- Exam questions referring to financial reporting and analysis are based on IFRS unless otherwise specified. If U.S. GAAP is used, this will be stated in the question.
- Answer all questions, since there is no penalty for incorrect answers.
- While there is no dress code for the exams, dress in layered clothing for comfort and preferably wear quiet shoes.
Is there a break between Session 1 and Session 2 of the CFA Level 1 exam?
There is an optional break of 30 minutes between Session 1 and Session 2.
How much study time do I need for the Level I exam?
According to CFA Institute, the average successful candidate reported spending 303 hours studying for the Level I exam offered in June 2019.
If I do not pass the CFA Level I Exam, how long do I have to wait before I can retake it?
Beginning in 2021, every candidate who does not pass their exam will have to wait for a minimum of six months to retake it.
The Bottom Line
Overall, the CFA Level I exam is well balanced, with a wide spectrum of topics. Some topics may require proportionally more time to study than others; however, what's important is to create a study plan and stay with it.
CFA Institute. "CFA Program."
CFA Institute. "Exam Overview."
CFA Institute. "CFA Exam Results and Pass Rates."
CFA Institute. "1963-2021: Candidate Examination Results."
CFA Institute. "Level I CFA Exam Structure."
CFA Institute. "CFA Program Study Sessions: Study Session Outlines," Download "Ethical and Professional Standards: Study Session 19."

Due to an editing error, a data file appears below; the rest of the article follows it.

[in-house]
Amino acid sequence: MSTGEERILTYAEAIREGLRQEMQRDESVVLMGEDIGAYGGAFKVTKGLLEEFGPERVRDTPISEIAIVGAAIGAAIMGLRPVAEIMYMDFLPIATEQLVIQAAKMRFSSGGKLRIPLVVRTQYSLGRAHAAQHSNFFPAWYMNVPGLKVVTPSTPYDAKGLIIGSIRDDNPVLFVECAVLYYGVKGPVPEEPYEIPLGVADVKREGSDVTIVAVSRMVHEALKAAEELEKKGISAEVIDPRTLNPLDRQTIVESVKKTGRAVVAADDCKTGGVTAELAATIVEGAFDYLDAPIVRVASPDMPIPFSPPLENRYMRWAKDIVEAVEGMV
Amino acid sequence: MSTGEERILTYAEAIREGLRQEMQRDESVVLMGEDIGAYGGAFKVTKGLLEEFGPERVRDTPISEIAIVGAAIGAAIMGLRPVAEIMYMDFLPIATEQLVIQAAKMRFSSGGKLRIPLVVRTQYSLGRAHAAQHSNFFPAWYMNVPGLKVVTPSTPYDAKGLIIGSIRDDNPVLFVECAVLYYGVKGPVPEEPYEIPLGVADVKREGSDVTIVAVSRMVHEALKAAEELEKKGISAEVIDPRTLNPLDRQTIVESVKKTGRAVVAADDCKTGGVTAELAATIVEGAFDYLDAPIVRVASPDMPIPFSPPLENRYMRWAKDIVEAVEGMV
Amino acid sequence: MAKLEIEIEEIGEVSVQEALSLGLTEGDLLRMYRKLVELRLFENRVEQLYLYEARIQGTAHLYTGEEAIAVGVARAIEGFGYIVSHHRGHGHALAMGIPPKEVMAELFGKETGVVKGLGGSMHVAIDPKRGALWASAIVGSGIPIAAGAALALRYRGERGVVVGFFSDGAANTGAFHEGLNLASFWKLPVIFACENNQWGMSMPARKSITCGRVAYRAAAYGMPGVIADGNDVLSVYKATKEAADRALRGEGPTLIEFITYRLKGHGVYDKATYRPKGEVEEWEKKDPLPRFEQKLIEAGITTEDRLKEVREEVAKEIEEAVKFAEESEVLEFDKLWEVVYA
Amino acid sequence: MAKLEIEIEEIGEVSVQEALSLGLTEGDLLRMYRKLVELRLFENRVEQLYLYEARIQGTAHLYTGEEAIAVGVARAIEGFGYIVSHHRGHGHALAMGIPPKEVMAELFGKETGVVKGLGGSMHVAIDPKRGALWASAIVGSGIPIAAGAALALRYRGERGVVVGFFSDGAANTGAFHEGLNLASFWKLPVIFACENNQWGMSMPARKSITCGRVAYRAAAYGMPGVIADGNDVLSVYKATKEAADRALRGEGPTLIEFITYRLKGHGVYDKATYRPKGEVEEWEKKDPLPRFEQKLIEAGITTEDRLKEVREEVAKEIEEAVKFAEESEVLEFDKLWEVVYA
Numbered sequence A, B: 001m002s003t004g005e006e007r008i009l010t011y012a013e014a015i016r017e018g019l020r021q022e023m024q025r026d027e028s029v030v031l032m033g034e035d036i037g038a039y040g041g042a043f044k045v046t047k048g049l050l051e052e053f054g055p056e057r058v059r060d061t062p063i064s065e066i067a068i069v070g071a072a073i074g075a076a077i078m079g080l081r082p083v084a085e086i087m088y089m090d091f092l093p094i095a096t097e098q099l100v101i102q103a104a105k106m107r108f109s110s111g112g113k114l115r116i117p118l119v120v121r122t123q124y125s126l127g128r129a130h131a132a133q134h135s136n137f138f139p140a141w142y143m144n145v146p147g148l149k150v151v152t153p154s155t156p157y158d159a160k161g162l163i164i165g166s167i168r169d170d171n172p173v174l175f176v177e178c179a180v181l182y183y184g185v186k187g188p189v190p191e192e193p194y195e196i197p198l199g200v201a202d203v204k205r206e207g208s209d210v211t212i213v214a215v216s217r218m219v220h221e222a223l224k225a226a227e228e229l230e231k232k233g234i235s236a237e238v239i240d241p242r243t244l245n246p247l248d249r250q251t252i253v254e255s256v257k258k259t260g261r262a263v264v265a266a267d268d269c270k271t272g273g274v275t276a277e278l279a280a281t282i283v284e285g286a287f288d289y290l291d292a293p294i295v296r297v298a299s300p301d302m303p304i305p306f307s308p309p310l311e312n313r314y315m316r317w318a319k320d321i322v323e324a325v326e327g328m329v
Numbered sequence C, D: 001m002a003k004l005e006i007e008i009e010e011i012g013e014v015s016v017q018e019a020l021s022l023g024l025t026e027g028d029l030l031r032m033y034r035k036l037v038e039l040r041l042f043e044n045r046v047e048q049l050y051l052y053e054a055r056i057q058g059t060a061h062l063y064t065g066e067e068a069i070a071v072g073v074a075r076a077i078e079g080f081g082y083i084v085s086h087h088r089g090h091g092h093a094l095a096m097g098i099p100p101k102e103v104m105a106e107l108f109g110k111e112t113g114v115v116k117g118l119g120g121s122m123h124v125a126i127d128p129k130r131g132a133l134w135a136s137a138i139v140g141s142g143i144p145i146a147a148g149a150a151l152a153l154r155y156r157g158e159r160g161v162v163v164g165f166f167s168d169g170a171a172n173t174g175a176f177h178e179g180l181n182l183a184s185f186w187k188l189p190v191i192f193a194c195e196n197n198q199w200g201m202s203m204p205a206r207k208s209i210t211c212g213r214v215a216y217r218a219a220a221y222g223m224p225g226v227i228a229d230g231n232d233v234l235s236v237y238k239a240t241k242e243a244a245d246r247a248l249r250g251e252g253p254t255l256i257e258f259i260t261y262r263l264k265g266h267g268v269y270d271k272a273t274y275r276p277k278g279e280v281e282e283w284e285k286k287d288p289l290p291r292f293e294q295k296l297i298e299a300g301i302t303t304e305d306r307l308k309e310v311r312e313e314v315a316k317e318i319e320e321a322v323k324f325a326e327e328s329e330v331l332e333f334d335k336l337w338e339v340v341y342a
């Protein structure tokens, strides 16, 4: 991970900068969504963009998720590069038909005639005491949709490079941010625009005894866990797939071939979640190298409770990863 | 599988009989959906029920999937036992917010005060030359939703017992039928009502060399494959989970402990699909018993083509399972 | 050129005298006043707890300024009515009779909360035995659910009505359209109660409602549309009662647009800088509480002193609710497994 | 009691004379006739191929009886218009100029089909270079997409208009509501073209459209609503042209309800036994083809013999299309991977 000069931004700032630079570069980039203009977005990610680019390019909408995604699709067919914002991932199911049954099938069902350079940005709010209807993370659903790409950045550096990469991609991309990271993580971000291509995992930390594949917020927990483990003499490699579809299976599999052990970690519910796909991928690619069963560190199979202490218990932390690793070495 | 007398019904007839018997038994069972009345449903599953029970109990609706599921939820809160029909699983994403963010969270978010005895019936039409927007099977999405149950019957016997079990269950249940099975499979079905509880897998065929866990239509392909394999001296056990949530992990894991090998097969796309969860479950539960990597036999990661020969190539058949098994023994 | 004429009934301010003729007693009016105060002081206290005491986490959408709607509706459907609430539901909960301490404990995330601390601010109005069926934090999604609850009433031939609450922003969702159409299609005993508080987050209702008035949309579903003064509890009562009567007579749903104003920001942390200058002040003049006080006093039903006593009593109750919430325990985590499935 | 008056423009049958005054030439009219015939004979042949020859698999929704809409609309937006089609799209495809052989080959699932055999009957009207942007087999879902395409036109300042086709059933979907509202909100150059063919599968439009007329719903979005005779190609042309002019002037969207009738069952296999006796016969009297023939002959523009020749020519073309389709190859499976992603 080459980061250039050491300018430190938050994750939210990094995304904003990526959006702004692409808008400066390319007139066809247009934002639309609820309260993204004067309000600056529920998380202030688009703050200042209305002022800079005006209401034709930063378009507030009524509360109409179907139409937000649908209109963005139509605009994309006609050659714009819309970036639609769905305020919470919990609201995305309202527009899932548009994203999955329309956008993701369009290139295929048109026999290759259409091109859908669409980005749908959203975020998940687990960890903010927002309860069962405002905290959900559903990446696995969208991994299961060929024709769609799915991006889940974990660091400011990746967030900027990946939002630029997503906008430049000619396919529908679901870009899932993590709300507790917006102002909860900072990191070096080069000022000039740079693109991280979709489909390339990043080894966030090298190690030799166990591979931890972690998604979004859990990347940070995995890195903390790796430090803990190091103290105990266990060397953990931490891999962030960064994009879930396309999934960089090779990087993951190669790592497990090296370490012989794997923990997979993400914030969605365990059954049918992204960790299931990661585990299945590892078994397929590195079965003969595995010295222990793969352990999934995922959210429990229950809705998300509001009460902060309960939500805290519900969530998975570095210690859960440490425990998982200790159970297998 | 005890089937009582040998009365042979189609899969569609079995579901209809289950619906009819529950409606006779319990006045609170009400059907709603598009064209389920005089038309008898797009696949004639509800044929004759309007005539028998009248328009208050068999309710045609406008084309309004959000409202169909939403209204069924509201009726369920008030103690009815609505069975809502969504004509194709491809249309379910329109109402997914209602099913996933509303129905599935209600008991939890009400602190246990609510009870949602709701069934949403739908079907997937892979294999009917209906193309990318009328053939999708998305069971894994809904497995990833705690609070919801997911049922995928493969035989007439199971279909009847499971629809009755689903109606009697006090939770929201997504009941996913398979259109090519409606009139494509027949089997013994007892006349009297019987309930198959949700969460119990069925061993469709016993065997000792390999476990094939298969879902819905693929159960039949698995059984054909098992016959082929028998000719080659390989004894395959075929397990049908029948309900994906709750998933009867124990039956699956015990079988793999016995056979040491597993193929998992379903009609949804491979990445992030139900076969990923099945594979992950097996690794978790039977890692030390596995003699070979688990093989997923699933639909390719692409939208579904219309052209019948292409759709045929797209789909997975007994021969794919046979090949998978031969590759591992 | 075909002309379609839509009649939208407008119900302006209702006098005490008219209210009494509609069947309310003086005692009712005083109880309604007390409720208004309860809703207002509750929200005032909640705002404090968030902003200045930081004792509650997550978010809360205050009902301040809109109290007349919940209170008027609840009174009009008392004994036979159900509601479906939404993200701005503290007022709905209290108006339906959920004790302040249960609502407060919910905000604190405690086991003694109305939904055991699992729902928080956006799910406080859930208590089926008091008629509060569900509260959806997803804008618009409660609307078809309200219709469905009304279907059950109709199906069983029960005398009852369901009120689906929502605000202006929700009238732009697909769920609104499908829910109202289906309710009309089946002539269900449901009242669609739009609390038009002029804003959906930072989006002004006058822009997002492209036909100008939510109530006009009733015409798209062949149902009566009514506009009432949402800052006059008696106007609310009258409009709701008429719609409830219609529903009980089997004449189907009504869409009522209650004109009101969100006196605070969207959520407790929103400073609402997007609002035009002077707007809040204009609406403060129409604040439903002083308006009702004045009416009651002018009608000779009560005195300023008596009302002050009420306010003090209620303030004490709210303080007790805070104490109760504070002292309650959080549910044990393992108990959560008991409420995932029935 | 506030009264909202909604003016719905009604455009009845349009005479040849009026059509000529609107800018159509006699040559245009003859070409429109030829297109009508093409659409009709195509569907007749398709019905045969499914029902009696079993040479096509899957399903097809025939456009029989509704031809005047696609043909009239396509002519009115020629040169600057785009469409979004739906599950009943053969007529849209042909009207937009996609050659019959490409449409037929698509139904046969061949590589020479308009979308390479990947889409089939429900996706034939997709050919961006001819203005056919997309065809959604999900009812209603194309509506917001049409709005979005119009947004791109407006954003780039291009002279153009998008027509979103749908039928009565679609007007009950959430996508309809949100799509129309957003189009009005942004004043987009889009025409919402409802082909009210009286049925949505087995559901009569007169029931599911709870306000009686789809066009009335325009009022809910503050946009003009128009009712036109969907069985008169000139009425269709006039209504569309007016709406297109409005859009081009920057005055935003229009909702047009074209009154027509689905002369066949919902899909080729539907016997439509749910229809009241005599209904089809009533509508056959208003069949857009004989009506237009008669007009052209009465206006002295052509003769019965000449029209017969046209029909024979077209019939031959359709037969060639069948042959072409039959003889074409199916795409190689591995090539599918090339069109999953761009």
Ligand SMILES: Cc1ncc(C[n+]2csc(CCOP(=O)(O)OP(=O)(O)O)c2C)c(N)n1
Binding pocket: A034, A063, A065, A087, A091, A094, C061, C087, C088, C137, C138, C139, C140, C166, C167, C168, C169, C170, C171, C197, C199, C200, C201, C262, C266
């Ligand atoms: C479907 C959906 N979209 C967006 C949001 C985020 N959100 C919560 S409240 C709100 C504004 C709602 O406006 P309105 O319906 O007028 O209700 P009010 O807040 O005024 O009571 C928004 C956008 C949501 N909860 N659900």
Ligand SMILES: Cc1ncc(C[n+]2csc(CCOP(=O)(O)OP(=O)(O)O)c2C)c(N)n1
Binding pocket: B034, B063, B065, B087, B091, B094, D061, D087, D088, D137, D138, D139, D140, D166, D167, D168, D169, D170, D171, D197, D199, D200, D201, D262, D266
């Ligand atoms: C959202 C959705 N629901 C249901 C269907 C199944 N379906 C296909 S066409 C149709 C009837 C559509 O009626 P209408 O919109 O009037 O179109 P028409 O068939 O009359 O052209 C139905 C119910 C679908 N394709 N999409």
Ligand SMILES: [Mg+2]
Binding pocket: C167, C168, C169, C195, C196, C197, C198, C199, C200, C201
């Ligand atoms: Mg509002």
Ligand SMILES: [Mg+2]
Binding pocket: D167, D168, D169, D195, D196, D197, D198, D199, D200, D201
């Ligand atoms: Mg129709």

CFA Institute. "CFA Program Study Sessions: Study Session Outlines," Download "Quantitative Methods: Study Session 1."
CFA Institute. "CFA Program Study Sessions: Study Session Outlines," Download "Economics: Study Session 3."
CFA Institute. "CFA Program Study Sessions: Study Session Outlines," Download "Financial Reporting and Analysis: Session 7."
CFA Institute. "CFA Program Study Sessions: Study Session Outlines," Download "Financial Reporting and Analysis: Session 6."
CFA Institute. "CFA Program Study Sessions: Study Session Outlines," Download "Corporate Issuers: Session 10."
CFA Institute. "CFA Program Study Sessions: Study Session Outlines," Download "Corporate Issuers: Session 9."
CFA Institute. "CFA Program Study Sessions: Study Session Outlines," Download "Portfolio Management: Session 17."
CFA Institute. "CFA Program Study Sessions: Study Session Outlines," Download "Equity Investments: Session 11."
CFA Institute. "CFA Program Study Sessions: Study Session Outlines," Download "Fixed Income: Session 14."
CFA Institute. "CFA Program Study Sessions: Study Session Outlines," Download "Fixed Income: Session 13."
CFA Institute. "CFA Program Study Sessions: Study Session Outlines," Download "Derivatives: Session 15."
CFA Institute. "CFA Program Study Sessions: Study Session Outlines," Download "Alternative Investments: Session 16."
CFA Institute. "Computer-Based Exam Information."
CFA Institute. "June 2019 CFA Program Candidate Survey."